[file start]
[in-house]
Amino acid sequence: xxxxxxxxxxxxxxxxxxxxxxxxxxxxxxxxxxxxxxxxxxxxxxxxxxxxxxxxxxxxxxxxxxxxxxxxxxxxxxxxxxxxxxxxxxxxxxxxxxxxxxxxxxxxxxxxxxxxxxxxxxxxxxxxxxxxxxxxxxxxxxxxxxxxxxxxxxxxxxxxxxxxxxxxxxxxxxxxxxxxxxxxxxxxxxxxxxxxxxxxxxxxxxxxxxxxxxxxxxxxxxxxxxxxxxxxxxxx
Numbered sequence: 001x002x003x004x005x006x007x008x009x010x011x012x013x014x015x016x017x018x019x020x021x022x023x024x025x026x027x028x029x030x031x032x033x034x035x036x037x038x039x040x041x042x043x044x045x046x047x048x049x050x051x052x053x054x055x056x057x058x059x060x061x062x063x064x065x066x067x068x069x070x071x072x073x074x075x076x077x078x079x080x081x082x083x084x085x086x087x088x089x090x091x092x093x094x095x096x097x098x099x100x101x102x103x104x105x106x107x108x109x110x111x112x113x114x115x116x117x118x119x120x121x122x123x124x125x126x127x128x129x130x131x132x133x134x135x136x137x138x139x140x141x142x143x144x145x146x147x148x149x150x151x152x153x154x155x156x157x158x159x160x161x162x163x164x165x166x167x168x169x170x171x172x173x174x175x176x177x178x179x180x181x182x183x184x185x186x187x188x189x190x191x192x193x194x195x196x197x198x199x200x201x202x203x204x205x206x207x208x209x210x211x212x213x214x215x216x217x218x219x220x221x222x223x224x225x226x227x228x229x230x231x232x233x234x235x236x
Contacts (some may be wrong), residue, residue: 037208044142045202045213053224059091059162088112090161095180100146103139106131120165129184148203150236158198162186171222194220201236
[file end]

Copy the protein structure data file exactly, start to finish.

[in-house]
Amino acid sequence: xxxxxxxxxxxxxxxxxxxxxxxxxxxxxxxxxxxxxxxxxxxxxxxxxxxxxxxxxxxxxxxxxxxxxxxxxxxxxxxxxxxxxxxxxxxxxxxxxxxxxxxxxxxxxxxxxxxxxxxxxxxxxxxxxxxxxxxxxxxxxxxxxxxxxxxxxxxxxxxxxxxxxxxxxxxxxxxxxxxxxxxxxxxxxxxxxxxxxxxxxxxxxxxxxxxxxxxxxxxxxxxxxxxxxxxxxxxx
Numbered sequence: 001x002x003x004x005x006x007x008x009x010x011x012x013x014x015x016x017x018x019x020x021x022x023x024x025x026x027x028x029x030x031x032x033x034x035x036x037x038x039x040x041x042x043x044x045x046x047x048x049x050x051x052x053x054x055x056x057x058x059x060x061x062x063x064x065x066x067x068x069x070x071x072x073x074x075x076x077x078x079x080x081x082x083x084x085x086x087x088x089x090x091x092x093x094x095x096x097x098x099x100x101x102x103x104x105x106x107x108x109x110x111x112x113x114x115x116x117x118x119x120x121x122x123x124x125x126x127x128x129x130x131x132x133x134x135x136x137x138x139x140x141x142x143x144x145x146x147x148x149x150x151x152x153x154x155x156x157x158x159x160x161x162x163x164x165x166x167x168x169x170x171x172x173x174x175x176x177x178x179x180x181x182x183x184x185x186x187x188x189x190x191x192x193x194x195x196x197x198x199x200x201x202x203x204x205x206x207x208x209x210x211x212x213x214x215x216x217x218x219x220x221x222x223x224x225x226x227x228x229x230x231x232x233x234x235x236x
Contacts (some may be wrong), residue, residue: 037208044142045202045213053224059091059162088112090161095180100146103139106131120165129184148203150236158198162186171222194220201236